1.  Distributed Cooperation   post by Alex Appel 6 days ago  Abram Demski and Scott Garrabrant like this  2 comments  
 Reflective oracles can be approximated by computing Nash equilibria. But is there some procedure that produces a Paretooptimal equilibrium in a game, aka, a point produced by a Cooperative oracle? It turns out there is. There are some interesting philosophical aspects to it, which will be typed up in the next post.
The result is not original to me, it’s been floating around MIRI for a while. I think Scott, Sam, and Abram worked on it, but there might have been others. All I did was formalize it a bit, and generalize from the 2player 2move case to the nplayer nmove case. With the formalism here, it’s a bit hard to intuitively understand what’s going on, so I’ll indicate where to visualize an appropriate 3dimensional object.
 
     5.  Reflective oracles as a solution to the converse Lawvere problem   post by Sam Eisenstat 128 days ago  Alex Mennen, Alex Appel, Vadim Kosoy, Abram Demski, Jessica Taylor, Scott Garrabrant and Vladimir Slepnev like this  discuss  
 1 Introduction
Before the work of Turing, one could justifiably be skeptical of the idea of a universal computable function. After all, there is no computable function \(f\colon\mathbb{N}\times\mathbb{N}\to\mathbb{N}\) such that for all computable \(g\colon\mathbb{N}\to\mathbb{N}\) there is some index \(i_{g}\) such that \(f\left(i_{g},n\right)=g\left(n\right)\) for all \(n\). If there were, we could pick \(g\left(n\right)=f\left(n,n\right)+1\), and then \[g\left(i_{g}\right)=f\left(i_{g},i_{g}\right)+1=g\left(i_{g}\right)+1,\] a contradiction. Of course, universal Turing machines don’t run into this obstacle; as Gödel put it, “By a kind of miracle it is not necessary to distinguish orders, and the diagonal procedure does not lead outside the defined notion.” [1]
The miracle of Turing machines is that there is a partial computable function \(f\colon\mathbb{N}\times\mathbb{N}\to\mathbb{N}\cup\left\{ \bot\right\}\) such that for all partial computable \(g\colon\mathbb{N}\to\mathbb{N}\cup\left\{ \bot\right\}\) there is an index \(i\) such that \(f\left(i,n\right)=g\left(n\right)\) for all \(n\). Here, we look at a different “miracle”, that of reflective oracles [2,3]. As we will see in Theorem 1, given a reflective oracle \(O\), there is a (stochastic) \(O\)computable function \(f\colon\mathbb{N}\times\mathbb{N}\to\left\{ 0,1\right\}\) such that for any (stochastic) \(O\)computable function \(g\colon\mathbb{N}\to\left\{ 0,1\right\}\), there is some index \(i\) such that \(f\left(i,n\right)\) and \(g\left(n\right)\) have the same distribution for all \(n\). This existence theorem seems to skirt even closer to the contradiction mentioned above.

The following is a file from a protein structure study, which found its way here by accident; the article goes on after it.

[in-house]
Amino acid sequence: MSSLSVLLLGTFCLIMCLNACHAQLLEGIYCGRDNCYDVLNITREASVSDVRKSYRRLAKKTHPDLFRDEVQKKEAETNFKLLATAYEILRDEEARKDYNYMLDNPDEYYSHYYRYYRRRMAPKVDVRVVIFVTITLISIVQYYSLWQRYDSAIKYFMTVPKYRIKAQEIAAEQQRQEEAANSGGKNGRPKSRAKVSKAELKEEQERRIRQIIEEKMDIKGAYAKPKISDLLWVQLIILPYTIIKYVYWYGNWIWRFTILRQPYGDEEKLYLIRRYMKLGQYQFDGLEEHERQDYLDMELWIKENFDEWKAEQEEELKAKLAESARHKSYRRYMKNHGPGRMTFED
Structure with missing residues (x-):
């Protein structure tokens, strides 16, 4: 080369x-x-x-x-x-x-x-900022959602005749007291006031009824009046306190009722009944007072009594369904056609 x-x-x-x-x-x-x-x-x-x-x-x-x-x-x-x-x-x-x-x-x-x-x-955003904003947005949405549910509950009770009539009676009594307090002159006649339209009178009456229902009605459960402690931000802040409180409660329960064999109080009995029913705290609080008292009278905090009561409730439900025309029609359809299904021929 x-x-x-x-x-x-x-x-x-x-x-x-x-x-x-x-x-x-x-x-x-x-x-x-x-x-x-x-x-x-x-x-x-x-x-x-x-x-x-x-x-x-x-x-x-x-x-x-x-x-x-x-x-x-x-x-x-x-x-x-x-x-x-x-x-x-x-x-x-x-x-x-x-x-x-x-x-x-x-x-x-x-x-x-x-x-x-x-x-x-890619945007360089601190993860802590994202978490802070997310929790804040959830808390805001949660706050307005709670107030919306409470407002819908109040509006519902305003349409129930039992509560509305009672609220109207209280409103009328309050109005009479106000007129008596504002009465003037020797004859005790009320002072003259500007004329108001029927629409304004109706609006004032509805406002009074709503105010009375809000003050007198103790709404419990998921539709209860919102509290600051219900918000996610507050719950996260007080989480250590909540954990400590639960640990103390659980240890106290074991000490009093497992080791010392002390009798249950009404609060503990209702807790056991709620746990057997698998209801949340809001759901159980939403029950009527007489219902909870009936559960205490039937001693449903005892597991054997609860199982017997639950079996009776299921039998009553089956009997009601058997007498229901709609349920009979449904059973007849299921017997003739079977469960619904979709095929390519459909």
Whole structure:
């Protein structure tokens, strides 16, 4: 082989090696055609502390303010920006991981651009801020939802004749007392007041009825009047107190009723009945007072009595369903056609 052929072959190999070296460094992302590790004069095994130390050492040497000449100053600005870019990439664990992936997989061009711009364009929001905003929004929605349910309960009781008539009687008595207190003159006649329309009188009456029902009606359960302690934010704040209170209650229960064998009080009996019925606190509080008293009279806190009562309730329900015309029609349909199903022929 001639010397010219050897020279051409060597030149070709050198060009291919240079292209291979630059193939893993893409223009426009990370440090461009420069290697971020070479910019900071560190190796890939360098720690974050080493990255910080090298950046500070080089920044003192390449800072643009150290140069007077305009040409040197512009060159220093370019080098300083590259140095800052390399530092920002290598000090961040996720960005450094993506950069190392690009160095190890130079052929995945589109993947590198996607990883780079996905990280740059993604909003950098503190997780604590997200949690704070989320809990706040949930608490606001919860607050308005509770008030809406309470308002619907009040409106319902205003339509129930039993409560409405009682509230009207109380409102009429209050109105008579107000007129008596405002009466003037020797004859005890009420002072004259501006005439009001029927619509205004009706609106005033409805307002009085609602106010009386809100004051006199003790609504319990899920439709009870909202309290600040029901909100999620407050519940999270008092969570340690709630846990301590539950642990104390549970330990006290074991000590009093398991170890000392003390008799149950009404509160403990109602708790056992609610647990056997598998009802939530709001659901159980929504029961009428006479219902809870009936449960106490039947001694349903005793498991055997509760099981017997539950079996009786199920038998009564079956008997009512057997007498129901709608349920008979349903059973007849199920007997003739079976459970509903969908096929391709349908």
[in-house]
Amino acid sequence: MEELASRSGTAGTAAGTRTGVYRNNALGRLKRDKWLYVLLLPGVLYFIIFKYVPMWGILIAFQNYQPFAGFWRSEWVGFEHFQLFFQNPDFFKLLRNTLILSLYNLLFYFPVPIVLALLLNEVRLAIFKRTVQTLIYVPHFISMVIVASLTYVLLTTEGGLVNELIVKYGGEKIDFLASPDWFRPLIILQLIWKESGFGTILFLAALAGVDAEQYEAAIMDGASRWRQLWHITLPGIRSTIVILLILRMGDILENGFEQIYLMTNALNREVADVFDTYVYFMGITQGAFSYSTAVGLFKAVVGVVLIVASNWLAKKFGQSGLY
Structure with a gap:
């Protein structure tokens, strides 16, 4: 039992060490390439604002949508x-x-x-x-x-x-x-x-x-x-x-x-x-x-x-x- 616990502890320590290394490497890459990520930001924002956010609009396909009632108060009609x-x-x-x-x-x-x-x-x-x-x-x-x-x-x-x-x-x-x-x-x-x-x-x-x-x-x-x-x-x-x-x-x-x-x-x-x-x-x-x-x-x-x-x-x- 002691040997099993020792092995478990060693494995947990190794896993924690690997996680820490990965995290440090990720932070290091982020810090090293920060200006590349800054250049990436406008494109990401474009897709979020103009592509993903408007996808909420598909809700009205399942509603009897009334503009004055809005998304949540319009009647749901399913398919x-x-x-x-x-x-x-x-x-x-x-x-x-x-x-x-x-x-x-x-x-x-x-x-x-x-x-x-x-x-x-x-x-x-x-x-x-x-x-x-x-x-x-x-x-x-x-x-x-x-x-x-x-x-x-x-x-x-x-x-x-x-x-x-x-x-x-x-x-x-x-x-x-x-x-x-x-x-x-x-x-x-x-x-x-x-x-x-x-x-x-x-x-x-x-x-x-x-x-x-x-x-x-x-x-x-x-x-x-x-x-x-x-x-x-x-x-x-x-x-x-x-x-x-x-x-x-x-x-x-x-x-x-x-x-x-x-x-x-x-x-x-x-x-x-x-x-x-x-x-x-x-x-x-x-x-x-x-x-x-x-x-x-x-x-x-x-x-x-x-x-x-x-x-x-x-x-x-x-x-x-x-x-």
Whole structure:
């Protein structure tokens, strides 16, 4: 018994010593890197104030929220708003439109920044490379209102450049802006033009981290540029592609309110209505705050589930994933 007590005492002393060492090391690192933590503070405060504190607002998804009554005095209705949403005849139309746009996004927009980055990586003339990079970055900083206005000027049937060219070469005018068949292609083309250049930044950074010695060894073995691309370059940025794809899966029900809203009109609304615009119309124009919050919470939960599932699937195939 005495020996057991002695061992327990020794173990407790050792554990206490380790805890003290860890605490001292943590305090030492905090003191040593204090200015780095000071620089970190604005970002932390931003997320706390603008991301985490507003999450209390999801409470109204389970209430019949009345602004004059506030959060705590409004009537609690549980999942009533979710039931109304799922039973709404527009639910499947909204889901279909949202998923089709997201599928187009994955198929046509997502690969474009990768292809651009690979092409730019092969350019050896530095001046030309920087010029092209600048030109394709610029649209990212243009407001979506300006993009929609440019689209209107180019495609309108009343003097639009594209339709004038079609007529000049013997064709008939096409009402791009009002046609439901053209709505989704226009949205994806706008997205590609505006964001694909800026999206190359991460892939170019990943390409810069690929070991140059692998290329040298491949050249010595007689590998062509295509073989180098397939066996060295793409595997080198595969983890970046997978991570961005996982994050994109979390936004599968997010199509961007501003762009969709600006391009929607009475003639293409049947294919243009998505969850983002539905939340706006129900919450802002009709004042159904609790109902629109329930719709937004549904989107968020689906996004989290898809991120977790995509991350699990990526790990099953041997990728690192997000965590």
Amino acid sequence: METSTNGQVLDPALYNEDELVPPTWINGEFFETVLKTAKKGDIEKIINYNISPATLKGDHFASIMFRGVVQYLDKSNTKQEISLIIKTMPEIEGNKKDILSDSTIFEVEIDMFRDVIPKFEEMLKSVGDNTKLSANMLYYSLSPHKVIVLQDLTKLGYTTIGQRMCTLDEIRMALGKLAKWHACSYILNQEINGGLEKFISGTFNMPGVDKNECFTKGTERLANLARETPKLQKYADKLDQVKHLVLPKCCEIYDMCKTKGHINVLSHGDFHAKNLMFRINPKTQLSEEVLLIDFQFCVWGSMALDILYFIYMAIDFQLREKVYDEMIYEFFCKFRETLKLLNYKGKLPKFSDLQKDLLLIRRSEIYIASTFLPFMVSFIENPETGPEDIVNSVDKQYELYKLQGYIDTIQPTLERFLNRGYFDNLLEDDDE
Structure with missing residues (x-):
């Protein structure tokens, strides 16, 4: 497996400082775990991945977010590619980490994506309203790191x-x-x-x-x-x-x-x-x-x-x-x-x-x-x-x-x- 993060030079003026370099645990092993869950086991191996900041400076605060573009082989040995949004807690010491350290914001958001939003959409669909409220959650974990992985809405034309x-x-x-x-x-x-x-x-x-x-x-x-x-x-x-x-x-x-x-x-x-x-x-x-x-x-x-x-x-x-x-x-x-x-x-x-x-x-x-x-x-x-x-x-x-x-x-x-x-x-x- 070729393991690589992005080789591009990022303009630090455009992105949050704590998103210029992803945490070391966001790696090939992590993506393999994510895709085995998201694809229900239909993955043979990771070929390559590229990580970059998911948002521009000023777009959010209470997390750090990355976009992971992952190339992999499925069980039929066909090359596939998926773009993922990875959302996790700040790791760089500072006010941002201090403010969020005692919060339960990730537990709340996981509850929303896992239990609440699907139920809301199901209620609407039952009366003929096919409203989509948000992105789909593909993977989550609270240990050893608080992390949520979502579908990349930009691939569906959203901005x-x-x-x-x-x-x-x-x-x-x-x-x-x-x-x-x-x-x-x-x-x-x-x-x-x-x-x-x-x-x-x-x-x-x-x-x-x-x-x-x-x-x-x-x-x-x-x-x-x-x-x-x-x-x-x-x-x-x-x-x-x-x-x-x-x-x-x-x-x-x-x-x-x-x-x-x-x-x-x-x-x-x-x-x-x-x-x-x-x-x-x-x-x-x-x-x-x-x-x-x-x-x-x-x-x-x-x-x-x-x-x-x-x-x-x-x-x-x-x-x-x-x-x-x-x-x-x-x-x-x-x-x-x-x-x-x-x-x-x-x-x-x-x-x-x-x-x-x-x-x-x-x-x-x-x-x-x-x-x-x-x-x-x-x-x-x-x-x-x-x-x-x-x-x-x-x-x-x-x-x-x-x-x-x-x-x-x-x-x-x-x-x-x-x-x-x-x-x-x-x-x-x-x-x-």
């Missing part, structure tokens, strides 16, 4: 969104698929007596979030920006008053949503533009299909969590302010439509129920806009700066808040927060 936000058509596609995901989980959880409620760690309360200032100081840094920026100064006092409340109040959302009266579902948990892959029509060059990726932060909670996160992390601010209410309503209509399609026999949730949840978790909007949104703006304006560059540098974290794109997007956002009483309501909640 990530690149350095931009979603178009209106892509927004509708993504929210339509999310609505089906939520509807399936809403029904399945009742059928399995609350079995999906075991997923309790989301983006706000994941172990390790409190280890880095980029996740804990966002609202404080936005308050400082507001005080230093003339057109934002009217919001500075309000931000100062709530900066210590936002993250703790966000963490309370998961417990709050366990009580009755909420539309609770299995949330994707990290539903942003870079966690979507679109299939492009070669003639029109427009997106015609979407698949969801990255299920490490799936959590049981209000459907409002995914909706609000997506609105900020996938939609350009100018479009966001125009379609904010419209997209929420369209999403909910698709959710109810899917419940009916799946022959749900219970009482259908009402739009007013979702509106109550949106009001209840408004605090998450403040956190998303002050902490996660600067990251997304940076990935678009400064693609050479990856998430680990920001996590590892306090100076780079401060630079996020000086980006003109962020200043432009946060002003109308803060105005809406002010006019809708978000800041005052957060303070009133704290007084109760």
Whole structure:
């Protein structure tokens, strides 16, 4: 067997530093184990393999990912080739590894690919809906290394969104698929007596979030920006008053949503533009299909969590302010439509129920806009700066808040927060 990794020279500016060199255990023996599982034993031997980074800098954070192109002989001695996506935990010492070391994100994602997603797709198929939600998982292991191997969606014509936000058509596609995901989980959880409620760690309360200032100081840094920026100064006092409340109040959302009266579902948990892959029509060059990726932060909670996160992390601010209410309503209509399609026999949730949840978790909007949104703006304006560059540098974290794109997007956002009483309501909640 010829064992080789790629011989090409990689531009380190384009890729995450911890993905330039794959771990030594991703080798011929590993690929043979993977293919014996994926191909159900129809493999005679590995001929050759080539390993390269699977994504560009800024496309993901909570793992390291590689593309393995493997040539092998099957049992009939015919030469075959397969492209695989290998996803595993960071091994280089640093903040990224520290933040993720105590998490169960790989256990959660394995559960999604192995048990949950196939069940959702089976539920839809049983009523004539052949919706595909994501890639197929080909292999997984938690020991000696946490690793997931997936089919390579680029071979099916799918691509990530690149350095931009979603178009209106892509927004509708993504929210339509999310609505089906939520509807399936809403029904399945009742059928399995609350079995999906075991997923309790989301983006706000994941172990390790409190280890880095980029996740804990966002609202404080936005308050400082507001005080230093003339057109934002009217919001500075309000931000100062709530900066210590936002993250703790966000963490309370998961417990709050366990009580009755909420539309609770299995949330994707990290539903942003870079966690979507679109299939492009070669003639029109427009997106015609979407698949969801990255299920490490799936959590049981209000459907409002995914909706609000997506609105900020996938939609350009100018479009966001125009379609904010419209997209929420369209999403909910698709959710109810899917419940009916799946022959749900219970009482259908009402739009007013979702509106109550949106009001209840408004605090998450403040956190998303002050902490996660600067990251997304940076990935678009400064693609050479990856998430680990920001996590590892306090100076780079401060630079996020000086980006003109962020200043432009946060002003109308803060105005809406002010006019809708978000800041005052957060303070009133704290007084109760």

We use this idea to answer “in spirit” the converse Lawvere problem posed in [4]. These methods also generalize to prove a similar analogue of the ubiquitous converse Lawvere problem from [5]. The original questions, stated in terms of topology, remain open, but I find that the model proposed here, using computability, is equally satisfying from the point of view of studying reflective agents. Those references can be consulted for more motivation on these problems from the perspective of reflective agency.
Section 3 proves the main lemma, and proves the converse Lawvere theorem for reflective oracles. In section 4, we use that to give a (circular) proof of Brouwer’s fixed point theorem, as mentioned in [4]. In section 5, we prove the ubiquitous converse Lawvere theorem for reflective oracles.
 
   7.  Resolving human inconsistency in a simple model   post by Stuart Armstrong 170 days ago  Abram Demski likes this  1 comment  
 A putative new idea for AI control; index here.
This post will present a simple model of an inconsistent human, and ponder how to resolve their inconsistency.
Let \(\bf{H}\) be our agent, in a turnbased world. Let \(R^l\) and \(R^s\) be two simple reward functions at each turn. The reward \(R^l\) is thought of as being a ‘longterm’ reward, while \(R^s\) is a shortterm one.
 
      12.  Conditioning on Conditionals   post by Scott Garrabrant 219 days ago  Abram Demski likes this  discuss